Ways that we can improve cannabis research

Published Nov 8, 2021 10:00 a.m. ET
iStock / Ivan-balvan

Cannabis has been around and used by humans for hundreds of years, dating so far back that it’s nearly impossible to say for sure where this deep connection began. We’ve embraced the power of cannabinoids for fun, medicine, and spiritual connection while exploring the plant’s many other lesser understood compounds and still, the amount of cannabis research we have to show for it all is seriously lacking. Aside from some fun facts and a few mainly speculative discoveries, cannabis science hasn’t progressed much over the years, moving at a snail's pace, but all that can change in an instant if we make a few vital improvements to how we explore the subject.

1. Better funding

Cannabis research is something that isn’t happening on a large scale because no one really wants to pay for the studies we really need. Instead, those that do fund cannabis science often do so for personal gains with set expectations, which is a set up for failure. Any study’s results can be fudged to prove a certain point when those in charge have a bias, and that’s problematic for real consumers.

2. Eliminating bias

Most money for cannabis science and research comes from companies that have something they want to prove, a conflict of interest that should never exist if we want reliable and trustworthy results. This could be fixed by addressing number one on this list, funding, a cost the government could easily subsidize through cannabis taxes.

3. Access to regular cannabis products

Conducting research on cannabis is incredibly difficult to do because there are so many rules including explicit instructions on where and how scientists must obtain products to experiment with. The majority of approved suppliers for cannabis research are universities and research facilities that produce low THC strains, a far cry from the average pot product consumers would buy at a dispensary. This automatically makes it nearly impossible for scientists to come to reasonable conclusions that are applicable to the average consumer. These experts should be using the same weed we all buy, if they want reliable results we can count on.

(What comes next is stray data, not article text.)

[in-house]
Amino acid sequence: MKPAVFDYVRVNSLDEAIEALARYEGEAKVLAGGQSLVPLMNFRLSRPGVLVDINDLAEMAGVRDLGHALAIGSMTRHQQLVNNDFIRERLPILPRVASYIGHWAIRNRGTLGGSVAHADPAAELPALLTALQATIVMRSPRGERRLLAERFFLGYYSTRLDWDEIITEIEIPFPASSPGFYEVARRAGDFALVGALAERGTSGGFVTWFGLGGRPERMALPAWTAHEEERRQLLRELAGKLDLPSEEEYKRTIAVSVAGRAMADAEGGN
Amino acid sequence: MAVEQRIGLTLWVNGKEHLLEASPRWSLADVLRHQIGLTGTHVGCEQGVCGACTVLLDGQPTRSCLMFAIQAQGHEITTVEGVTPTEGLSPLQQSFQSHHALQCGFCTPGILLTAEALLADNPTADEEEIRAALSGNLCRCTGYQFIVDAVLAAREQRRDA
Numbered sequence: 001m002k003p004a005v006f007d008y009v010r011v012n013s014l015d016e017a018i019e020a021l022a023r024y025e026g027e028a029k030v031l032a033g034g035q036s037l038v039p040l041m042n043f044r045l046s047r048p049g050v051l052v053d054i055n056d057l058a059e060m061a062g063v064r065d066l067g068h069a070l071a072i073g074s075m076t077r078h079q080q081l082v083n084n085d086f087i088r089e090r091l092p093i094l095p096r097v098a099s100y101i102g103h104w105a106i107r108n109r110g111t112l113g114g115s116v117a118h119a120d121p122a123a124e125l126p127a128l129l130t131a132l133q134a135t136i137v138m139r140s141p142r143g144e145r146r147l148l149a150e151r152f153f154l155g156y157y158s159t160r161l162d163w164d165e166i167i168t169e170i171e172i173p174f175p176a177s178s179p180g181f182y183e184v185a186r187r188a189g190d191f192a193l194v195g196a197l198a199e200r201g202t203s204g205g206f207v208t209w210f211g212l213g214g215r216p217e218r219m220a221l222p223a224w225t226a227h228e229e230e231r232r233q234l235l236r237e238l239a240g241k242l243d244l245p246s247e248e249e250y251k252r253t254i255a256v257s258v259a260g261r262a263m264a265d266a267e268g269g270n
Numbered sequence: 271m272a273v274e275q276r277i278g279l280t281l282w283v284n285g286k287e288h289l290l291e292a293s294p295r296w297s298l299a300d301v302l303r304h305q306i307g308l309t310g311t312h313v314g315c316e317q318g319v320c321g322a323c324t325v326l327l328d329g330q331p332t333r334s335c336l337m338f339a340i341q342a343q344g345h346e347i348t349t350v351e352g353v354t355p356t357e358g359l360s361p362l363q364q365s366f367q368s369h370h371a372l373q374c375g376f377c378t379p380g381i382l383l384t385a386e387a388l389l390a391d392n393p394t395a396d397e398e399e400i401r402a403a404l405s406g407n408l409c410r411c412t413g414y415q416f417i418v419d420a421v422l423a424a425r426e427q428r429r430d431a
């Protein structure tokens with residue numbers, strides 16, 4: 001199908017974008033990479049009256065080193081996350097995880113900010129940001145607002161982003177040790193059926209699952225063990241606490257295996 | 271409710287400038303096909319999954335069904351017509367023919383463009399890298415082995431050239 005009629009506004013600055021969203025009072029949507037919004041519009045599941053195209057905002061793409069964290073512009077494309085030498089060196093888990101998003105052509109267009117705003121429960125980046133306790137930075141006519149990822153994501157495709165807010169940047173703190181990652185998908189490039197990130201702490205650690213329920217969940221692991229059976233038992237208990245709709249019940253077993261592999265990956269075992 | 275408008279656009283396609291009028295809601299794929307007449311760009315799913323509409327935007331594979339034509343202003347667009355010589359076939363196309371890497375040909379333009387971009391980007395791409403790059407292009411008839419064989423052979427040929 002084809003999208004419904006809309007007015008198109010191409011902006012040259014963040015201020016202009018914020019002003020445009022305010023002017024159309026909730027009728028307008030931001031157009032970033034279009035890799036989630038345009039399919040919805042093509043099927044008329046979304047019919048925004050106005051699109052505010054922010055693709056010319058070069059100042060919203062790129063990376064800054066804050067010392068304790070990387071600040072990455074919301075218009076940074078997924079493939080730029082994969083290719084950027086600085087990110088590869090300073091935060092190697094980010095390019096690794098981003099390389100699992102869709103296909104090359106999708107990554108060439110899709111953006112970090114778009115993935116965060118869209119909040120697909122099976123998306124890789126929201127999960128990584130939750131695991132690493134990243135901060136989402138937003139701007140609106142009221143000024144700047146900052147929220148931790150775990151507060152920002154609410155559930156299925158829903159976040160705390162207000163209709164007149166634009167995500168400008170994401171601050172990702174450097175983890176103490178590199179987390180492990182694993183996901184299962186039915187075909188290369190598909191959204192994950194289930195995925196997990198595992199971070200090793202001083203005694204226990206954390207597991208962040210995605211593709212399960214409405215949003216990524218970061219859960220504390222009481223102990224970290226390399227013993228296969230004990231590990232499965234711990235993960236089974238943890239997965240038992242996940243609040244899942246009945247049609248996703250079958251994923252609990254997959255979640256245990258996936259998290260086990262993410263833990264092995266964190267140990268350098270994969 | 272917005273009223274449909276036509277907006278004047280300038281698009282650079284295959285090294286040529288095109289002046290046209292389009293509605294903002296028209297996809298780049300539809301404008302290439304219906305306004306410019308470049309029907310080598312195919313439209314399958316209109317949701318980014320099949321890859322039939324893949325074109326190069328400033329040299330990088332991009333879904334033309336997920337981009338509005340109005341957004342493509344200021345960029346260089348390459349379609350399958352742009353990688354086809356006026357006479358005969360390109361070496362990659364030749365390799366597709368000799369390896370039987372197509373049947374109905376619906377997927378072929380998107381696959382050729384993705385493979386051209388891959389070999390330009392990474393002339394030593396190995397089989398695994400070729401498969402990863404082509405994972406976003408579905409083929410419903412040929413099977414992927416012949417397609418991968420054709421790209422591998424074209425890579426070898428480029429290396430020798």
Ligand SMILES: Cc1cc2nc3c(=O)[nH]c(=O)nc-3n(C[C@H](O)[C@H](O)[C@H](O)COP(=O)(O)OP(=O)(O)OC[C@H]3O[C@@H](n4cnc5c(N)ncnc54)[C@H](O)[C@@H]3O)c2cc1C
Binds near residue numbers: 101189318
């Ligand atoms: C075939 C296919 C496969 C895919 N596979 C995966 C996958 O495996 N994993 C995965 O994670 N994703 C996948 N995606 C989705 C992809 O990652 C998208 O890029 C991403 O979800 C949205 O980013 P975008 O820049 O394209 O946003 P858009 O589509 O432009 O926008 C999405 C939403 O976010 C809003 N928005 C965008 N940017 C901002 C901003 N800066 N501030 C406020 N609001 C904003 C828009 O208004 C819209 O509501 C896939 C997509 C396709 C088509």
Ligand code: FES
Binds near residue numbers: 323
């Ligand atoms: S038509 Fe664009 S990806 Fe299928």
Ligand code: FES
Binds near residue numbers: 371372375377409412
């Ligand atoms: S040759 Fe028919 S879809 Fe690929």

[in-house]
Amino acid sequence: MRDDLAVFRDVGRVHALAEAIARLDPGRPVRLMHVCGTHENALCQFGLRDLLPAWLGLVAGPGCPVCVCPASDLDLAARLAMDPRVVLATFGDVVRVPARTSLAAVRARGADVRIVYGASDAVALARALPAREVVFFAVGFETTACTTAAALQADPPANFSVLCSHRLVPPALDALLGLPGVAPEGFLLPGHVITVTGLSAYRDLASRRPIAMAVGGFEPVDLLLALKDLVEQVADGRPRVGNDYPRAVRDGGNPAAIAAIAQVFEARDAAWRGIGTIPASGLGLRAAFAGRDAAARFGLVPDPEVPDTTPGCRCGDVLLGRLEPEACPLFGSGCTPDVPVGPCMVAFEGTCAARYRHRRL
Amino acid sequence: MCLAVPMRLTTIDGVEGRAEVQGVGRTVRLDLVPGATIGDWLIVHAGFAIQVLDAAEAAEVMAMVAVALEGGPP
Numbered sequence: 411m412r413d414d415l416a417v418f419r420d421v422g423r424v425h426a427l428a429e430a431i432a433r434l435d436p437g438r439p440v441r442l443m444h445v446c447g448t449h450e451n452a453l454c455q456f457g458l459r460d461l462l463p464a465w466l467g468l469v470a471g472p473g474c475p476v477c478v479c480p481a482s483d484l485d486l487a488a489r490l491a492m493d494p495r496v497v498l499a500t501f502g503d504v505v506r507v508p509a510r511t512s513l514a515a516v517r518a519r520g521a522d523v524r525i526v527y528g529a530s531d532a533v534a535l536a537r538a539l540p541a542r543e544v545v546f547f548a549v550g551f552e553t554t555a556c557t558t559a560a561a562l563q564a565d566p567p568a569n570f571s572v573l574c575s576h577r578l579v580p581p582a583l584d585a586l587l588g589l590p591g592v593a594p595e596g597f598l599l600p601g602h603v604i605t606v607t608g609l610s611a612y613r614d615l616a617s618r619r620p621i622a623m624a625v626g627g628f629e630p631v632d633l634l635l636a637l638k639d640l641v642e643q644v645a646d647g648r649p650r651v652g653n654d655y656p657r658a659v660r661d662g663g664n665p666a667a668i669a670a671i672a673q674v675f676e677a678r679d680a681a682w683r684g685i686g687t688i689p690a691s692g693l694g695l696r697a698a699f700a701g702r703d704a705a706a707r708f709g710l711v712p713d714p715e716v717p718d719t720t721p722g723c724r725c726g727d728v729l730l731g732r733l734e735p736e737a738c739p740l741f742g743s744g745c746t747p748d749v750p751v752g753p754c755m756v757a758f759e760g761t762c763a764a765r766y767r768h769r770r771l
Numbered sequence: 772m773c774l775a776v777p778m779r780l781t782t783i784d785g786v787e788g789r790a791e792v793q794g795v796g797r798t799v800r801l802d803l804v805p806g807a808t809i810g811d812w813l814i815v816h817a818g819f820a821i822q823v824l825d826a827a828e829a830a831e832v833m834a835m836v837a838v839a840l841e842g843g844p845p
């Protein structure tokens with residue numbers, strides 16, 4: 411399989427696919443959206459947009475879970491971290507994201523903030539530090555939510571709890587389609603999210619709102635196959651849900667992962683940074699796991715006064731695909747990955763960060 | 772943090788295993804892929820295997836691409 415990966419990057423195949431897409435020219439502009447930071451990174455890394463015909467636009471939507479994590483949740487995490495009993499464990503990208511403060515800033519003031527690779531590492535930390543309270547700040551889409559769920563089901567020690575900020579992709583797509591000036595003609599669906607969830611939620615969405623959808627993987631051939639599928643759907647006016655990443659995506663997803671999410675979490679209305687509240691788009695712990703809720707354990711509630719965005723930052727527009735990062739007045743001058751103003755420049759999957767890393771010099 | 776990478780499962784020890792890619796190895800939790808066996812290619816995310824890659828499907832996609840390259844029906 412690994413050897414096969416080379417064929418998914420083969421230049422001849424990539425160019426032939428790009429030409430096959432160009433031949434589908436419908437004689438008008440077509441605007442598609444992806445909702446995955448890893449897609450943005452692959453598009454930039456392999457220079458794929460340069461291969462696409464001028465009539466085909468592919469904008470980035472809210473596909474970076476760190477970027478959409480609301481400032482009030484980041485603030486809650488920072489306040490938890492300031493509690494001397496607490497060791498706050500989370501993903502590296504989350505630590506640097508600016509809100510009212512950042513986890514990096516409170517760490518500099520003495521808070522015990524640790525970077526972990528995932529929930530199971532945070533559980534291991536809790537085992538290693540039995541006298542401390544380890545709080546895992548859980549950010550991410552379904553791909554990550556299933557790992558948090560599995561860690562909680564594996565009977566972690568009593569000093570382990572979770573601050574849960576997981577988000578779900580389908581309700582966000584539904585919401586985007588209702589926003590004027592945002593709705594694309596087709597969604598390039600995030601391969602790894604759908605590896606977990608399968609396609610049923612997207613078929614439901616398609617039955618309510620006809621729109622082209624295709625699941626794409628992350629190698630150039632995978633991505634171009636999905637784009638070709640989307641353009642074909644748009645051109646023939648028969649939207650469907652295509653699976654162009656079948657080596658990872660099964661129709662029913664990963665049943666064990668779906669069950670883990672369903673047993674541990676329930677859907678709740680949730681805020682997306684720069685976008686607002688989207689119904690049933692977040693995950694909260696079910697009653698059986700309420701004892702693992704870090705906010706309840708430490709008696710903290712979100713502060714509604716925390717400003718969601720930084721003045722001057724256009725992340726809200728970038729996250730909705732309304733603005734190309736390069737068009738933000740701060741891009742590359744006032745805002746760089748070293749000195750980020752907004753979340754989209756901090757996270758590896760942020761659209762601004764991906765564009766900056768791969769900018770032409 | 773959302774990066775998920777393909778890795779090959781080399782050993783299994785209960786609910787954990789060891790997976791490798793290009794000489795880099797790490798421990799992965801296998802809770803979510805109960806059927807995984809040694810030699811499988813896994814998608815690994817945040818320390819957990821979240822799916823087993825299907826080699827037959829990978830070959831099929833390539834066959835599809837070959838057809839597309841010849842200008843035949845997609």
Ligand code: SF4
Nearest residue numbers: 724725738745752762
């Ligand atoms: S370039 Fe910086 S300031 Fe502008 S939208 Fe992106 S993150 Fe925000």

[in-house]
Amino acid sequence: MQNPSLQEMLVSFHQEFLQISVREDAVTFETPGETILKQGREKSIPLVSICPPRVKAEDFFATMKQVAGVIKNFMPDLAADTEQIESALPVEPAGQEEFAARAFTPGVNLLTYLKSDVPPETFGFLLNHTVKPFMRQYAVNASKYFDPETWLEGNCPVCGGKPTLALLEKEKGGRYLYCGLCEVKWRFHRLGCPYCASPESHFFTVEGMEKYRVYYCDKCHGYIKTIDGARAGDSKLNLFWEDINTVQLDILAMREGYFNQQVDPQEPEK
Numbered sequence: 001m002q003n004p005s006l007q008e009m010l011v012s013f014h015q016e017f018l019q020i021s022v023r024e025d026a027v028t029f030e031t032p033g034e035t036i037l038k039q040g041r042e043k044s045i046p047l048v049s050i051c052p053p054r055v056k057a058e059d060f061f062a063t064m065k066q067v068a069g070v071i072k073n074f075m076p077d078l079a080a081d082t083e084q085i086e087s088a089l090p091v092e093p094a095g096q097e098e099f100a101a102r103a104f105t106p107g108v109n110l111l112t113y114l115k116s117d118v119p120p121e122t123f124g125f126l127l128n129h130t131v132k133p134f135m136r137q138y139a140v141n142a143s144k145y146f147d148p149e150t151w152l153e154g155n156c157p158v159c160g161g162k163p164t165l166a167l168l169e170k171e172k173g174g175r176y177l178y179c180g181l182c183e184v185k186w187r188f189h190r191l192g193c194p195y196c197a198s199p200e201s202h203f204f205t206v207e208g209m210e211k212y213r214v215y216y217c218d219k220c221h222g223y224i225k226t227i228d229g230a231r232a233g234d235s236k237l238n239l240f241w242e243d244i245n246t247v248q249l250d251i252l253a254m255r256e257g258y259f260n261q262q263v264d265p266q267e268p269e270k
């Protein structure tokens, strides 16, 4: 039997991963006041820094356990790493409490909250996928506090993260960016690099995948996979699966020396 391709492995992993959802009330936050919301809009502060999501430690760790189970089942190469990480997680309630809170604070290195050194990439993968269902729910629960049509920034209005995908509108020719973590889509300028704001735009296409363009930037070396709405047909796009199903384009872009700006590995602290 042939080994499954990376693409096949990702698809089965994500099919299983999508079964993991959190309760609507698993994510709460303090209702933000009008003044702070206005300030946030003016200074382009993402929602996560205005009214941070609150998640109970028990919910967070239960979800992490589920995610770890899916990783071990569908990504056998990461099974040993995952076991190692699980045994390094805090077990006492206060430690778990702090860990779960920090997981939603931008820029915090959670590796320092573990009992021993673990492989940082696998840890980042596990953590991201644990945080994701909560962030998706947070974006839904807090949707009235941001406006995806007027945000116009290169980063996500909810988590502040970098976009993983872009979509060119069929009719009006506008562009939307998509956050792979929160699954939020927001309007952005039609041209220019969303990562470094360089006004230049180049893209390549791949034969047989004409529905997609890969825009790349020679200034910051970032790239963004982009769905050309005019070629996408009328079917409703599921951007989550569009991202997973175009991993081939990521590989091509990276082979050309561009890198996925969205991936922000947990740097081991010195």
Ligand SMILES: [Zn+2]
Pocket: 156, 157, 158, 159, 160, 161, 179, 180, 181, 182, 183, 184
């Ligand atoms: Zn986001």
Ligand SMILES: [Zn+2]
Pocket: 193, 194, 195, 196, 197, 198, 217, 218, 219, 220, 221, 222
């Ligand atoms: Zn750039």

4. Fair coverage for women

It’s a man's world, a reality that is no less true in cannabis though most wouldn’t expect that this perspective would taint research that is meant to guide everyone on a safer journey with the plant. Unfortunately, the sad reality is that most cannabis research we have was conducted solely or mainly on men, which doesn’t account for some of the many biological and psychological differences between the sexes. If we want better quality research, then we need to push for fair representation at the table for women.

5. More, longer controlled studies

Not long ago, the idea of using cannabis or studying its possible effects was still relatively taboo, and for that reason, most research we have was not conducted in controlled settings where experts could pay close attention to participants. Instead, many relied on self-reporting methods, tracking people and their results from afar, and though some of the results we’ve seen from this narrow perspective have been intriguing, they simply are not at all reliable or trustworthy.

Do you know of any other ways we could improve cannabis research? Let us know what you think in the comments!

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